I know a lot of people like Holidazzle. It's popular with Minnesotans because it's a big-ass parade that happens around the end of the year. It's popular with parents because their kids love it and it's free to watch. Traffic might not love it so much since it closes down Nicollet Ave for a few hours, redirects Metro Transit buses every Thursday through Sunday, and clogs the perpendicular streets. Many of my friends work related to it, either with costumes or organizing it, so for their sake I'm reluctant to express my opinion of it... but I do anyway.
Oh my gods, I think Holidazzle is just a bunch of insipid nonsense. I think PC has its place, but the parade strikes me as so afraid of offending anyone that its iconography is muted and arbitrary. It wants to play up the "holiday" part of its name but avoids dwelling too heavily on Christmas imagery--someone will have to inform me whether Hanukkah or Kwanzaa are represented--and brings in a bunch of stuff that doesn't make any sense, like the storybook characters. What holiday does Pinocchio belong to? What end-of-year holiday does a big blue fish belong to, in any culture?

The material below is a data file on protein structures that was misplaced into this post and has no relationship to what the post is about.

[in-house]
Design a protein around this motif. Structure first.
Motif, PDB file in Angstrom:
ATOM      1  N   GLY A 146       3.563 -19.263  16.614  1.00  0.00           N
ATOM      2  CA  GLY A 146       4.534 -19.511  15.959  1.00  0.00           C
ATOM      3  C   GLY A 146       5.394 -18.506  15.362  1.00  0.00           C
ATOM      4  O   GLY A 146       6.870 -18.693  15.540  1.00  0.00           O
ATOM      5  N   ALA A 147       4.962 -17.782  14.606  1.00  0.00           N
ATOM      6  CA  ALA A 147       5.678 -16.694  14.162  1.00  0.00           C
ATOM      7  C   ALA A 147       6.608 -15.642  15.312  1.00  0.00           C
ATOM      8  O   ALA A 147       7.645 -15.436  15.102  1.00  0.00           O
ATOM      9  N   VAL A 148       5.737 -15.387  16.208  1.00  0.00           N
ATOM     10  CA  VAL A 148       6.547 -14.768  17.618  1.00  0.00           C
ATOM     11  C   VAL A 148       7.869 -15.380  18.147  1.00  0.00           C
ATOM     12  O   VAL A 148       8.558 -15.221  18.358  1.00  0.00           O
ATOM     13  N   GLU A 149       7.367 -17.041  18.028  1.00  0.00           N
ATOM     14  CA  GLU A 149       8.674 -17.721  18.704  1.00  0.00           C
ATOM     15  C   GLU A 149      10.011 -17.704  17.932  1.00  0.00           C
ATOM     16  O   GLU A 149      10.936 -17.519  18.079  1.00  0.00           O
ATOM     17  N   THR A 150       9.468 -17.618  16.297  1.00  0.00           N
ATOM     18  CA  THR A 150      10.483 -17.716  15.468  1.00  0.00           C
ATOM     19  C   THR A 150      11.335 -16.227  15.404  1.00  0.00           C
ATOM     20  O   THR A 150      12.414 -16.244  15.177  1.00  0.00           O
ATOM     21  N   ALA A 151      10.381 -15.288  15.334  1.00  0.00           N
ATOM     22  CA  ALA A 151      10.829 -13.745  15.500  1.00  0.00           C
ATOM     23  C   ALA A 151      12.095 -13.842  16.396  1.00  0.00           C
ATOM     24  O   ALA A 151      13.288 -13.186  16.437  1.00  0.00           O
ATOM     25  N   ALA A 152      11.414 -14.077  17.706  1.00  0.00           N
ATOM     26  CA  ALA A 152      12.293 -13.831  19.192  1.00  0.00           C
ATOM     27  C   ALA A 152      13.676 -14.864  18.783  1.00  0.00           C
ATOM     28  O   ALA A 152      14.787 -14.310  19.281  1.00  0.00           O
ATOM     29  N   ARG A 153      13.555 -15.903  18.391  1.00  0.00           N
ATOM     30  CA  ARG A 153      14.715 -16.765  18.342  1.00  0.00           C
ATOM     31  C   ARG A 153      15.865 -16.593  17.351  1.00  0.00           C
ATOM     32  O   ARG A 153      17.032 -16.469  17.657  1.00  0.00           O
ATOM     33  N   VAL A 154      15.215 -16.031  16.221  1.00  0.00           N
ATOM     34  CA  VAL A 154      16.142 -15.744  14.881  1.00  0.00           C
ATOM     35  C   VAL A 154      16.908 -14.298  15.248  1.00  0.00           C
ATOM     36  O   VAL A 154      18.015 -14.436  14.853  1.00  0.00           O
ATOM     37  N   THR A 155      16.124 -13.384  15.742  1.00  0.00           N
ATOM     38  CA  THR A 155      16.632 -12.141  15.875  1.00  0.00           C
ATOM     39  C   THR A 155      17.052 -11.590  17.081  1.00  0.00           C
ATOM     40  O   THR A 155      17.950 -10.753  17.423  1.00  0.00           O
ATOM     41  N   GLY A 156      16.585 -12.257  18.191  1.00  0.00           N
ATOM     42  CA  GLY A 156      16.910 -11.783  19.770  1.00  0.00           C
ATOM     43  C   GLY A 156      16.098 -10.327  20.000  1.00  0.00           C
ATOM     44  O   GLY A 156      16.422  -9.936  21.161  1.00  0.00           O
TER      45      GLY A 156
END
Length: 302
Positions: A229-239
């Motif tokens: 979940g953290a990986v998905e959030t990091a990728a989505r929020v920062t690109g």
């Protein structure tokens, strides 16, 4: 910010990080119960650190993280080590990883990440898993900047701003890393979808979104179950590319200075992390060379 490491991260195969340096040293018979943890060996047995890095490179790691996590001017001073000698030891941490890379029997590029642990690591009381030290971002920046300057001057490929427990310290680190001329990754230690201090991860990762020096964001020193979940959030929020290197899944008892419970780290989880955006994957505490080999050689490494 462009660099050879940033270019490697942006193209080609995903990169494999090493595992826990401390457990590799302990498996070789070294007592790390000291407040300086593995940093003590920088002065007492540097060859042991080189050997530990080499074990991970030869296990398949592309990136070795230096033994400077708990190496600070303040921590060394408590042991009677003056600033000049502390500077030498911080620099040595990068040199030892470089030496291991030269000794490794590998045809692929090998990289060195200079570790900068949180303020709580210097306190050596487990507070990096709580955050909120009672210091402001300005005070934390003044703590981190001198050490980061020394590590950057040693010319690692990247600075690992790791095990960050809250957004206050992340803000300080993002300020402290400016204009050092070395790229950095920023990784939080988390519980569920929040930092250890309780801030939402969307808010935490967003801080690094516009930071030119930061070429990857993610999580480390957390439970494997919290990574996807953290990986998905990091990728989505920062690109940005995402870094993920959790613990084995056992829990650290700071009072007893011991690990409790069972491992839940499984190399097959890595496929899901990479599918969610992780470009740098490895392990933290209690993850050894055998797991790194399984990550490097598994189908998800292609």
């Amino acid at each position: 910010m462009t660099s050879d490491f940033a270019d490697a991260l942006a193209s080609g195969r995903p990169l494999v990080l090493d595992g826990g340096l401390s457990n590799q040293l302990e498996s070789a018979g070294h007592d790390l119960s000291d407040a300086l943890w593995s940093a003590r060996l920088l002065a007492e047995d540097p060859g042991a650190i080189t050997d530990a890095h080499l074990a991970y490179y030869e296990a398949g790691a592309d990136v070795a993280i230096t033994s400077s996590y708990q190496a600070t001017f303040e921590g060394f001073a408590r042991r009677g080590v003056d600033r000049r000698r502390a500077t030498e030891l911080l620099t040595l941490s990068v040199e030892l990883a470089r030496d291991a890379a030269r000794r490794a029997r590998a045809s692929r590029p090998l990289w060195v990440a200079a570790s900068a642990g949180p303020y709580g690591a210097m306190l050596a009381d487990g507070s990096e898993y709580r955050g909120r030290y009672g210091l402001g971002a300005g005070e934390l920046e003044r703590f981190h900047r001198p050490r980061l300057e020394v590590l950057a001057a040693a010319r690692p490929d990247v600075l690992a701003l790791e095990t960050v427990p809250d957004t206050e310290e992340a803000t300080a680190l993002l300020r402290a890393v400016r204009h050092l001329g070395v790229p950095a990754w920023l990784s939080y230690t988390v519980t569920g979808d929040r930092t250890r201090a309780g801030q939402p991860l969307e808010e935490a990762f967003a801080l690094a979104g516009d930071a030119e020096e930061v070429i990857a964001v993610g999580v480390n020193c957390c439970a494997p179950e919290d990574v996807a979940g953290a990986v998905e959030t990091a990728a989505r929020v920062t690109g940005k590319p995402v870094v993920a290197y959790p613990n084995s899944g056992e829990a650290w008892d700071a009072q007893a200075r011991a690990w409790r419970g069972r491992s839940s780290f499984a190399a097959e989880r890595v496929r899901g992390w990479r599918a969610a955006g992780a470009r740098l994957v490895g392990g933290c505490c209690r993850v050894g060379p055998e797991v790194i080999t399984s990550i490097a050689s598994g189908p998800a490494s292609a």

Earlier this week I was walking through the Skyway, probably about to drop off some mail at my favorite post office, the Central Loop Station, and I was approaching the IDS Tower when a cacophony assaulted my sensibilities. Closing in, I identified a to-do in the Crystal Court: Holidazzle figures swaying blindly back and forth in place while someone with a megaphone screamed bloody murder at them and everyone watching. Between the echo chamber of the Crystal Court and the heavy distort of the megaphone turned all the way up to amplify this merry-maker shrieking at the top of his/her lungs, any words or communication were completely unintelligible.
Oh, and yoga mats, which suggested to me that the parade figures were "warming up" for their month-long festivities. We hadn't yet surpassed Hallowe'en, and Thanksgiving was still a few weeks away, but here begins the preponderant Christmas-ish indoctrination. That's not "merry" to me. It's tedious, nonsensical, and arbitrary. "Oh good, it's the traditional Christmas White Cat! I hope he'll be strong enough to keep the Christmas Witch and her pet Christmas Alligator at bay this year!"
I'm capable of happiness. I'm capable of appreciating simple pleasures. But not like this.